To measure the current state of hope in the United States, we surveyed a nationally representative sample of just over 2,000 American adults. Survey participants were asked to report their agreement with statements regarding hopefulness for their own future, the future of their family, the future of their local community, and the future of their country. We also presented participants with a positive and negative vision of the future of human progress and asked them which vision they agreed with most.
Are Americans a hopeful people? It depends. When it comes to their own lives, their families, and their local communities, most Americans are hopeful for the future. This is true regardless of gender, age, income, race/ethnicity, or politics. Critically, hope declines across all groups when expanded beyond the local community to the national and global level. Just a slight majority of Americans report being hopeful for the future of the United States, and a minority of Americans have a hopeful vision of human progress. Liberal Americans are the only group in which at least a majority (51%) have a hopeful vision of human progress.
Hope is a positive mental state. Therefore, it is not surprising that we observed a strong relationship between mental health and hope. Most Americans (82% in the current survey) consider their mental health to be good. However, with rising rates of mental health problems, particularly among younger generations, mental health may increasingly become a major barrier to societal flourishing and human progress. Indeed, in the current survey, only 64% of Americans between the ages of 18 and 29 reported their mental health as being good, compared to 76% of those between the ages of 30 and 44, 89% of those between the ages of 45 and 59, and 91% of those 60 and older.
It is important to note that the current survey was not designed to examine a causal relationship between mental health and hope. However, given that conditions such as depression and anxiety involve negative cognitions strongly tied to hope, it is reasonable to believe that these conditions play a powerful role in undermining a hopeful mindset. It is also worth noting that the relationship between mental health and hope is likely bidirectional. For instance, hope is a protective factor when people are facing life experiences such as loneliness and trauma which are risk factors for the development of mental health conditions.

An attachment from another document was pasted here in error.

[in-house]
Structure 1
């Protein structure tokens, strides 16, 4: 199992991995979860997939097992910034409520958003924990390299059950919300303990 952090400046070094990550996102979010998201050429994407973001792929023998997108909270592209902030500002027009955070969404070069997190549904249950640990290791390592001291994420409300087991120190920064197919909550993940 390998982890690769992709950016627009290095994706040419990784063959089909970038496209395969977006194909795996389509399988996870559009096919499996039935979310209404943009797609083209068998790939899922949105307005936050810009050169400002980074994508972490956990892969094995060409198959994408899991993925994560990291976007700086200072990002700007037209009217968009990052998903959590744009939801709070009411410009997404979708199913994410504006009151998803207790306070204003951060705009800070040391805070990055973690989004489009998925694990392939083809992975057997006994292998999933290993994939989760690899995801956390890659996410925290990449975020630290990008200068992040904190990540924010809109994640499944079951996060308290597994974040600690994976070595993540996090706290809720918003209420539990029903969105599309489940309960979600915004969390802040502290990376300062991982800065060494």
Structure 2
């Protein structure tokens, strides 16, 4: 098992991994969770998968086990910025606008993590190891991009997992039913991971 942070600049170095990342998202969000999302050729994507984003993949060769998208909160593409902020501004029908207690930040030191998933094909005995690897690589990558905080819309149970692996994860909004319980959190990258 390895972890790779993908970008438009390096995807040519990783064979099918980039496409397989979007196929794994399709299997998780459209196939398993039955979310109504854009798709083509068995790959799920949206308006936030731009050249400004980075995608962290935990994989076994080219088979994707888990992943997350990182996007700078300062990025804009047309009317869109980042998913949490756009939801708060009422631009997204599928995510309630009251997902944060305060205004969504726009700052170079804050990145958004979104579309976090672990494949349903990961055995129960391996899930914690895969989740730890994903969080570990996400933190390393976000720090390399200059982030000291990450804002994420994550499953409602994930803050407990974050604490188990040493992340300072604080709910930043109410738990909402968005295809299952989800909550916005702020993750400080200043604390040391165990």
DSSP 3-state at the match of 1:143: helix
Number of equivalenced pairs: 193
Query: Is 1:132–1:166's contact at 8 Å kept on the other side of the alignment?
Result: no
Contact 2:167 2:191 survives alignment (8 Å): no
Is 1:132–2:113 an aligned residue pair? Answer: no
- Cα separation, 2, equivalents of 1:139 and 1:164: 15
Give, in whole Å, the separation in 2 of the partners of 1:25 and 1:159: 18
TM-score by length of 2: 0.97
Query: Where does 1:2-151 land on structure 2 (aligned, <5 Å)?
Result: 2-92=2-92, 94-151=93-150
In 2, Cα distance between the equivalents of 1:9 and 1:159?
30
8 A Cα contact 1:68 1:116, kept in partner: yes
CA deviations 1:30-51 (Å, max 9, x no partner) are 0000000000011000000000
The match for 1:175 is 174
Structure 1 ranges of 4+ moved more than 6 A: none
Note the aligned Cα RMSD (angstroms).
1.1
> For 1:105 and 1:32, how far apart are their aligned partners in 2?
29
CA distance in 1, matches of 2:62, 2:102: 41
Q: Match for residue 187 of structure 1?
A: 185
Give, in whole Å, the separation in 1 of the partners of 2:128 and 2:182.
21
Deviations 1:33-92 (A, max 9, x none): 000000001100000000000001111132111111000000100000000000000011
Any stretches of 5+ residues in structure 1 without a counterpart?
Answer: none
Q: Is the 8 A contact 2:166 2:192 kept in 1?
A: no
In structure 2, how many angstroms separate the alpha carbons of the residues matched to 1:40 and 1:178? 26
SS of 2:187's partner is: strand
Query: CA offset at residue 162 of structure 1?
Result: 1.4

Mental health likely plays an important role in shaping people’s attitudes about their nation and human progress. However, even among Americans who report good mental health, only 62% are hopeful for the future of the United States, and only 48% have a positive vision of human progress. There must then be other psychological, social, cultural, or situational factors that deter mentally healthy people from extending their hope for the future to the nation and humanity. For example, suppose people perceive that there are significant barriers to progress such as increasing political polarization, or that they are regularly exposed to overwhelmingly negative news. In that case, they may have difficulty imagining pathways for change and progress. Given these significant sociocultural obstacles, people may also feel powerless and unsure of their ability to bring about the change they want for the world beyond their local community.
Research indicates that hopeful visions from leaders who are viewed as credible and trustworthy can inspire feelings of hope among constituents. Thus, it may be necessary to determine the extent to which trust in national and global leaders, as well as major institutions, explains this lack of hope for the future of the United States and human progress.
For this survey, we partnered with NORC at the University of Chicago and its AmeriSpeak® panel. AmeriSpeak® is a probability-based panel designed to represent the US household population. Randomly selected US households are sampled using area probability and address-based sampling, with a known, nonzero probability of selection from the NORC National Sample Frame. The nationally representative sample consisted of 2,049 respondents. The survey was conducted from October 5-9, 2023.